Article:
Mango "Timotayo"

Today I harvested about half the fruits from our Timotayo Mango tree. I determine ripeness by pressing slightly on the bottom (pointed end) of the fruit. If it is softening, I pick it. The skins have been turning color a bit unevenly – some patches of green remain on many fruits. Who cares – the fruit inside is packed with flavor! I found the skins edible except a bit too tough where green so most of them I eat without peeling. I also found the seed of this cultivar very thin, unlike those from the stores. :slight_smile:


while mangos are so much sweeter when they start softening, they are also pretty good even at a rock- hard stage when they have started ripening.
mangos generally ripen like pears(from inside out), so the fruit may still be hard, but the inside is already getting sweet. More zesty and sweet-tart when eaten this way, while the flesh is at the crisp crunchy stage, instead of mushy.

Very often used grated in salads at that stage. I prefer them softer, as noted above.

Spring growth flush.


Awesome! This is mine from today. Zone 11.


And this is from nearly 2 years ago. It’s grown quite a bit! The first fruiting had stunted fruit, but it had only been planted for half a year, and was still quite young.


I think you’ll have a prolific year. The fruit size might be small for the first 6-10 years but the quality is excellent. The skin is thin and pleasant enough to eat with the flesh. :slightly_smiling_face:

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Surprised you eat the skin of mangos. I get contact dermatitis from the mango skin around my mouth when I eat too many mangos. Mangos are related to poison ivy! BTW I have a 41 Ford woodie there at Ron Heidens Woodshop in Vista getting a new set of wood. Nice place to live. I was at Wavecrest last September. How smart you are with no grass in the back yard. Any in the front? Is that large tree in your neighbor’s yard an avocado?

Mangos and poison ivy are distantly related in plant family Anacardioideae. Pistachio is also a member of that family – I imagine you are related to them too?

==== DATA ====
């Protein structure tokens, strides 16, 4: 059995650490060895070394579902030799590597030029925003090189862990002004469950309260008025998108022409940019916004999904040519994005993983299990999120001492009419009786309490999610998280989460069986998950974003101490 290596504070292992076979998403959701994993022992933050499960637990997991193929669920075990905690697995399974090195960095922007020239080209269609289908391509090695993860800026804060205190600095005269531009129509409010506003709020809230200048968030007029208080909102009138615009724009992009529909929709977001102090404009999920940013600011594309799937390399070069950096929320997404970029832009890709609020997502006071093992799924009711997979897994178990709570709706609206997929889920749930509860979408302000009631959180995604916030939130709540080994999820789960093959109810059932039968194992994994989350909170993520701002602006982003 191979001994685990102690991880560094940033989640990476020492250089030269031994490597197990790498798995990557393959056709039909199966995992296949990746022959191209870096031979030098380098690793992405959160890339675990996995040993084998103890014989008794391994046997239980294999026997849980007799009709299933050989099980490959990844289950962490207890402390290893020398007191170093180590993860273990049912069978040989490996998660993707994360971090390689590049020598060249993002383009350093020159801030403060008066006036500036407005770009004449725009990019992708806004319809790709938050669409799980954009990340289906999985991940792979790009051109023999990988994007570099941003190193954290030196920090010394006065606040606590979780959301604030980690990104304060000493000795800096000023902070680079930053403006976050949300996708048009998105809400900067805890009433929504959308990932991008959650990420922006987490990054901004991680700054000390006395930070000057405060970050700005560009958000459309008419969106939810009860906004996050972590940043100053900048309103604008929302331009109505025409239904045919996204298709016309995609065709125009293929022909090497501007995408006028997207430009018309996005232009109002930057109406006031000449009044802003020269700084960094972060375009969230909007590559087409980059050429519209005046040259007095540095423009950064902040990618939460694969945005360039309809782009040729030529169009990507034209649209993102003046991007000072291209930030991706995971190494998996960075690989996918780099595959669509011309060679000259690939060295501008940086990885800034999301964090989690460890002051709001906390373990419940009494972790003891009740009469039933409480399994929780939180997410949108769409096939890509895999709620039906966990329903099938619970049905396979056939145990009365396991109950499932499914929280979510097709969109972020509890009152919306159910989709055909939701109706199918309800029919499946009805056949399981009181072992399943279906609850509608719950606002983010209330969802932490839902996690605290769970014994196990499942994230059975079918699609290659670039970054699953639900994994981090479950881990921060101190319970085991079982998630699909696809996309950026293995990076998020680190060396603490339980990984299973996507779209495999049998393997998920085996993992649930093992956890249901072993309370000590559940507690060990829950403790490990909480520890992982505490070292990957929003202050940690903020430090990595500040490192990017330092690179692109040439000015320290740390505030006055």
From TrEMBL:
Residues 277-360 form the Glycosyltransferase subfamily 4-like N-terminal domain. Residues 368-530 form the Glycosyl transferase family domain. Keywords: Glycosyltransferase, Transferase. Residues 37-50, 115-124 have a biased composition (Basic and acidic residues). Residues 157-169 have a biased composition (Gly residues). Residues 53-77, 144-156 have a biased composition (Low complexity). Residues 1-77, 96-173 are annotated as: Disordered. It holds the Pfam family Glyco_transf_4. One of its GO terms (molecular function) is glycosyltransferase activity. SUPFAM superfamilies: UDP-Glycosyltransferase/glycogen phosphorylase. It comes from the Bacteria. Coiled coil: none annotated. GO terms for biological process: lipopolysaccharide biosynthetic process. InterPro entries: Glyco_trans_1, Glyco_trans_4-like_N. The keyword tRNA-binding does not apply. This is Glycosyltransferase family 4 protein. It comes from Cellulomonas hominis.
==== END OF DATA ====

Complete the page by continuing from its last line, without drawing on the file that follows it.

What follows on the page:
Not a squirrel in sight!:chipmunk:

Probably no rabbits or voles, either

Physical barriers insure they cannot enter the yard.

Too many predators near our location.

Even though unrelated, both mango skin and poison ivy produce “Urushiol”, the substance responsible for the allergy.


My sympathies. I know a person who is 1/4 native American and is allergic to Macadamia nuts – but no others. She also gets a rash from contact with the Macadamia relative Carrotwood which are common street trees in coastal counties of SoCal.

I installed retaining walls and a driveway on the property boundaries. The walls and the property line portion of the driveway have a cement footing descending a minimum of 2.5 feet. Nothing has attempted to burrow under.

There is fencing on top of the retaining walls and alongside the sidewalk leading from the street+driveway to the front door. The side fencings are 6’ vertical fir planks while the front and back are vertical 1/2" iron rods. I installed 1" thick-gauge wire mesh along the bottom of the wood fence so that nothing can crawl under. I also installed 32" high 1" mesh along the sections of iron fence. So it is difficult for the cottontail rabbits to get in and even more difficult to get out. Last year we discovered a dead rabbit which apparently had leaped in overnight and then met its demise by an owl.

Rats sometimes venture in only to discover the bait I leave for them in the shed. Mice that clamor in are quickly removed by the local raptors – probably the small falcons.

Sounds like serious security! Which is what it takes to grow fruit in peace

Do Timotayo get larger than the ones you harvested? I bought some mangos grown in Mexico last September that I thought might be Timotayo but they where larger.

Yes, the tree is young.